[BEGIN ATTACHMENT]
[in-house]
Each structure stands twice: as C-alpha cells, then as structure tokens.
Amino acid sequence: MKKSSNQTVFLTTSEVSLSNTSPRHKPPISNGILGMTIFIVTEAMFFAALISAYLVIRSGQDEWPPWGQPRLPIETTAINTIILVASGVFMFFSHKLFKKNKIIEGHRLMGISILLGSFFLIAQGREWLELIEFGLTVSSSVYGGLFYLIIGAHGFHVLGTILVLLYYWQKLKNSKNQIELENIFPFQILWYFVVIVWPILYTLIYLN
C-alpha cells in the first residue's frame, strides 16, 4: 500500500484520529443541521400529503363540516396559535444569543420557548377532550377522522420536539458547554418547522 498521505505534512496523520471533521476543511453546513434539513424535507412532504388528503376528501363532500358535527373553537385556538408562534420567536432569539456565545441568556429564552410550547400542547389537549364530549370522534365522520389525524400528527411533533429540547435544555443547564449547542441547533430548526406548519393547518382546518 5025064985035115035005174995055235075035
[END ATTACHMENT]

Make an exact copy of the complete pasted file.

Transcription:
[in-house]
Each structure stands twice: as C-alpha cells, then as structure tokens.
Amino acid sequence: MKKSSNQTVFLTTSEVSLSNTSPRHKPPISNGILGMTIFIVTEAMFFAALISAYLVIRSGQDEWPPWGQPRLPIETTAINTIILVASGVFMFFSHKLFKKNKIIEGHRLMGISILLGSFFLIAQGREWLELIEFGLTVSSSVYGGLFYLIIGAHGFHVLGTILVLLYYWQKLKNSKNQIELENIFPFQILWYFVVIVWPILYTLIYLN
C-alpha cells in the first residue's frame, strides 16, 4: 500500500484520529443541521400529503363540516396559535444569543420557548377532550377522522420536539458547554418547522 498521505505534512496523520471533521476543511453546513434539513424535507412532504388528503376528501363532500358535527373553537385556538408562534420567536432569539456565545441568556429564552410550547400542547389537549364530549370522534365522520389525524400528527411533533429540547435544555443547564449547542441547533430548526406548519393547518382546518 5025064985035115035005174995055235075035